Convicted University of Colorado Rapist Avoids Prison Time

Convicted rapist Austin James Wilkerson will not serve prison time for raping a fellow female student at the University of Colorado in March of 2014, the New York Daily News reports. Patrick Butler, the judge for Wilkerson’s trial, said that the decision not to send the rapist to prison was “to find out whether he truly can or cannot be rehabilitated.”


After a St. Patrick’s Day party in 2014, Wilkerson told the victim’s friends that he was going to make sure the intoxicated victim got home safe and didn’t have to return home by herself. During the trial of Wilkerson, the victim stated that “When I’m not having nightmares about the rape, retaliation or a retrial gone awry, I’m having panic attacks. Some days I can’t even get out of bed.”

According to the Guardian, Wilkerson would have been facing four to 12 years in prison had the judge elected to punish him in that way. Instead, Wilkerson will be on a "work release" for two years and have 20 years of probation. A work release sentencing will allow him to do things in the regular world during the day, like work or go to school, while returning to county jail at night.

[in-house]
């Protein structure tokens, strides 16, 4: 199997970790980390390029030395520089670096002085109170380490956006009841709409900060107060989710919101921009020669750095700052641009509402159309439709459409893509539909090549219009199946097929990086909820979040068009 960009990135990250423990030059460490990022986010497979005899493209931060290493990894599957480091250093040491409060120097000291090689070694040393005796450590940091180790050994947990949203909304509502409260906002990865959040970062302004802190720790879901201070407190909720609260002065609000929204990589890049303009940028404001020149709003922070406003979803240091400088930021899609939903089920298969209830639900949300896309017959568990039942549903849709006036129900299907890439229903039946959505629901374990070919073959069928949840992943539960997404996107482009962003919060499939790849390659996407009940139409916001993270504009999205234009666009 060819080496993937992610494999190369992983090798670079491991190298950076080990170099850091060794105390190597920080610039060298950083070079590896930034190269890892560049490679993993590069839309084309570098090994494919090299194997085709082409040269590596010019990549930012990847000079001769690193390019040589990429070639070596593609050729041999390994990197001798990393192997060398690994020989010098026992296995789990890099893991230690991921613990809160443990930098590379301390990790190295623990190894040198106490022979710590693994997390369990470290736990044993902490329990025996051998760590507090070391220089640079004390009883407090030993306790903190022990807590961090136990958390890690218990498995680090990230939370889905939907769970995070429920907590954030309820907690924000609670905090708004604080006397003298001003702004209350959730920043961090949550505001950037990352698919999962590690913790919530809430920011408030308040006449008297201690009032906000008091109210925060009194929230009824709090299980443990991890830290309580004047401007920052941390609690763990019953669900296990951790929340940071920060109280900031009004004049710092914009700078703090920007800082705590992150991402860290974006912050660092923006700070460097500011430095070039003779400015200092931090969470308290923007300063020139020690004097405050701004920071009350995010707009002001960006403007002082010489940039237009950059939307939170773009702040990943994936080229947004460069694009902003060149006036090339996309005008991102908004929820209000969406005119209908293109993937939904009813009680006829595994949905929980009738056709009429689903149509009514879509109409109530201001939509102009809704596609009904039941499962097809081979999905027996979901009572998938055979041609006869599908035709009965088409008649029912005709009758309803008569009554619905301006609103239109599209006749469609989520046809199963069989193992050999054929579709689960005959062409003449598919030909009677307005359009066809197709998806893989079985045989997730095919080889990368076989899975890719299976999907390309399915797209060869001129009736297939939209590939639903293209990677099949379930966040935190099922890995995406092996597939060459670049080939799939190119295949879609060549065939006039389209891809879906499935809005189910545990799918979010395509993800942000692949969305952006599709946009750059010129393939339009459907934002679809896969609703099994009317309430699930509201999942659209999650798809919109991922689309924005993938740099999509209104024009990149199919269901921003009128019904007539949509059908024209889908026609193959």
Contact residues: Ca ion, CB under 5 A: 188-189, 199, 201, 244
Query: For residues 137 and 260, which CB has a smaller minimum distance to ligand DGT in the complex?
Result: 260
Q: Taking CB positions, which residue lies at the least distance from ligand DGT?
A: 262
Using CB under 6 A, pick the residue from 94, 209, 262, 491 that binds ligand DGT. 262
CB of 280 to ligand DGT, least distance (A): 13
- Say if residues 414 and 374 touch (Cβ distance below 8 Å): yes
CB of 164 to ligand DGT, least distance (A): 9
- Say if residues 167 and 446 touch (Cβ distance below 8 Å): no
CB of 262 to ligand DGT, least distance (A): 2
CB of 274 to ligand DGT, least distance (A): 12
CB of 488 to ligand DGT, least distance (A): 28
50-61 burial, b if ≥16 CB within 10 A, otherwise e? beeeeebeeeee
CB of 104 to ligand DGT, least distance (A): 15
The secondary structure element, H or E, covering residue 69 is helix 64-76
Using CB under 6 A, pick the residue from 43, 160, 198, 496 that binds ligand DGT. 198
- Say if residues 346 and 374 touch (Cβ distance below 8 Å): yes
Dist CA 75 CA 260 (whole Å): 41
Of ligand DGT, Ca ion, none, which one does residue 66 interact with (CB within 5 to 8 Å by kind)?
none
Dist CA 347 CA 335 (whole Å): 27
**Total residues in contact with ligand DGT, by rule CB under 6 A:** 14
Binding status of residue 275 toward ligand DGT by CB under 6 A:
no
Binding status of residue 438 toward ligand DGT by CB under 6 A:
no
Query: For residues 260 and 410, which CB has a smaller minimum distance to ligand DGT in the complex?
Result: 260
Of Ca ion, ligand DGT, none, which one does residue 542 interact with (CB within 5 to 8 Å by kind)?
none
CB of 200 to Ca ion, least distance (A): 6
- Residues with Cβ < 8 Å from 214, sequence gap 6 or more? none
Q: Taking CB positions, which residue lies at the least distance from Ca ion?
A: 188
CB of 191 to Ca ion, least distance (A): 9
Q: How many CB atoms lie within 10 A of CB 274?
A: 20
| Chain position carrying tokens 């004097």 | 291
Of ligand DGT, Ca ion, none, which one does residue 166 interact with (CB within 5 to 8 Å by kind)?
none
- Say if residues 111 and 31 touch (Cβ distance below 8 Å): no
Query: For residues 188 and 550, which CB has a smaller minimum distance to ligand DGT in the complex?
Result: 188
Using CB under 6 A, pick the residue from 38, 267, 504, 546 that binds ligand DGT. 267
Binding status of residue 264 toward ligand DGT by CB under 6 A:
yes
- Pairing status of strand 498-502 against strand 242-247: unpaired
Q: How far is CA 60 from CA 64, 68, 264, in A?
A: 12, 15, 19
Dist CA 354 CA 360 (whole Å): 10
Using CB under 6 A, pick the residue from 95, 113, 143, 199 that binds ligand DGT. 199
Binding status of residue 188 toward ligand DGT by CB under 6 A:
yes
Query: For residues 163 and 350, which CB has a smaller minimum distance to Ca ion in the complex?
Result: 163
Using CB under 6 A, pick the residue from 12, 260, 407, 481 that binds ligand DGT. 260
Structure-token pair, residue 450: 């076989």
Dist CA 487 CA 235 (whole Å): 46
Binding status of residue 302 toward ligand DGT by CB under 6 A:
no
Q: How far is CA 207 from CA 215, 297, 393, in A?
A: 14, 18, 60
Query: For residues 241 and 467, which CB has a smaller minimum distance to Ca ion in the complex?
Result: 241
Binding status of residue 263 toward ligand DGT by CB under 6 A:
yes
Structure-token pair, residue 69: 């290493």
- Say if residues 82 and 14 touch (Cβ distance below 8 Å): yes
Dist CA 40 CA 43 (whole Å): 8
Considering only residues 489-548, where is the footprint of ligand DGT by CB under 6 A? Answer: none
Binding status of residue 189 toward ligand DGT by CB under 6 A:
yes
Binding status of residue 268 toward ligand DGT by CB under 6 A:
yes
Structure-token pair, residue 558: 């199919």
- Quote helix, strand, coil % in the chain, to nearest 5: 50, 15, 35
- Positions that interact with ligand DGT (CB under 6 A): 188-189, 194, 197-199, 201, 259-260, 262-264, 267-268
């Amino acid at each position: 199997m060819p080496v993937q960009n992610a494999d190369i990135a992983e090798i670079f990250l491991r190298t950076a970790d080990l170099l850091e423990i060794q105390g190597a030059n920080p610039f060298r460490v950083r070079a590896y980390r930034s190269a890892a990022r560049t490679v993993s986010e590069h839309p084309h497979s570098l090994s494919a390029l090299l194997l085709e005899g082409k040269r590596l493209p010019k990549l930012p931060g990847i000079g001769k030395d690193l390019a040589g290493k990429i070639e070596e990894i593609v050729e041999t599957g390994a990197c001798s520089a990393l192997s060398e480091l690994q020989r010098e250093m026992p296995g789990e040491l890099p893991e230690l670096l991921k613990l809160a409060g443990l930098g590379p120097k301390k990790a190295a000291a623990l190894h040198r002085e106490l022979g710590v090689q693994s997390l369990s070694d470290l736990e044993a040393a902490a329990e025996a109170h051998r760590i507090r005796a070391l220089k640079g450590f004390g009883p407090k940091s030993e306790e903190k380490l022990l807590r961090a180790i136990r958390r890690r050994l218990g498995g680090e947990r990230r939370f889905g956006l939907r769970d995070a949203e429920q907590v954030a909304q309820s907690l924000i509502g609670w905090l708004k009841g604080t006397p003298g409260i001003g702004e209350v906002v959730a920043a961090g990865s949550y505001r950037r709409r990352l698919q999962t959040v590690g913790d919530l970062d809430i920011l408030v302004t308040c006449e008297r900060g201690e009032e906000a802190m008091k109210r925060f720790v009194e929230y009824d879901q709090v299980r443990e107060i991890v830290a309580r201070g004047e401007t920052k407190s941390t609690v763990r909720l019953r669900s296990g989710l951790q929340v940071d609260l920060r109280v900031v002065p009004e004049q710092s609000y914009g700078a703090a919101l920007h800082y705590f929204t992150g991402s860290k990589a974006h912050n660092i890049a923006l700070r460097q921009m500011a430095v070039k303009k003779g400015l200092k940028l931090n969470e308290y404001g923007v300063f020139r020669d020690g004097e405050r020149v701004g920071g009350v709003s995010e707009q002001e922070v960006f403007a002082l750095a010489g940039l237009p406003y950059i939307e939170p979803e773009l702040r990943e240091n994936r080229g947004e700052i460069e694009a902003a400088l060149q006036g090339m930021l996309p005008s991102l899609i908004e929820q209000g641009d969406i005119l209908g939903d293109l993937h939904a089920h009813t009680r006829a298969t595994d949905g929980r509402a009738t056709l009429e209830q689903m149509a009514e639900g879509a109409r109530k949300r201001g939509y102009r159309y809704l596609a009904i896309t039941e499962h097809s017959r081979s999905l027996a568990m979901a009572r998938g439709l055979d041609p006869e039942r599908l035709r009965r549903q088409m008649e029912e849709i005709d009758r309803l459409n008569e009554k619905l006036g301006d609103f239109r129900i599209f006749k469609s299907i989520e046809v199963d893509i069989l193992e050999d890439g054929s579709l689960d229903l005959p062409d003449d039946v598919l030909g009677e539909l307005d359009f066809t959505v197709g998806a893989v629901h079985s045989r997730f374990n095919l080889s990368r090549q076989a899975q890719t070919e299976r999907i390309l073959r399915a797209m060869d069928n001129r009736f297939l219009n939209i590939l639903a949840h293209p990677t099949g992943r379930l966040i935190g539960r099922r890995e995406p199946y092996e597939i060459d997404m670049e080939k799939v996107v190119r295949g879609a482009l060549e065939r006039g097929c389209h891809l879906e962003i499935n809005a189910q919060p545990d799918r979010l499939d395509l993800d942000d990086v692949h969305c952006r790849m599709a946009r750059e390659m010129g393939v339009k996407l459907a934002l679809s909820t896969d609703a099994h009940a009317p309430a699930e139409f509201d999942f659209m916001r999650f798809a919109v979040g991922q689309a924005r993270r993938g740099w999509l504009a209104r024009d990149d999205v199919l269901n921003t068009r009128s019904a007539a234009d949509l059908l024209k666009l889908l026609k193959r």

In court, Wilkerson himself admitted explicitly that he “sexually assaulted” the female student, and apologized for what he had done to her.

"No words I can say could ever take away the pain and fear that I have caused," he said in court, according to the New York Daily News. "Nothing I say can make it better, but I am so sorry."

Various news sources have reported that Wilkerson changed his story of the night of the crime after he was brought to trial. In a letter to the court asking for a light sentence for Wilkerson, someone wrote that “The most traumatic incident that Austin has faced is this sexual assault case," according to the Guardian.

You know how to avoid trauma? Don’t rape someone. Don’t feign good intentions by lying about keeping someone safe. Don’t give improper punishments for horrible, life-altering crimes. Imagine if the rapist weren’t a young, educated white man. What if it was a black man, or a 50-year-old, or an LGBTQ+ person?

In the U.S., where we pride ourselves on the ability to deliver justice, individuals of differing identity are treated differently by the law. Brock Turner, another young, educated white man, saw the same unequal treatment work in his favor just a few short months ago.

We can’t let Wilkerson or Turner enjoy 15 minutes of fame because of the atrocities they each committed. We can honor the victim of this rape by making active efforts to reform our justice system and end rape culture.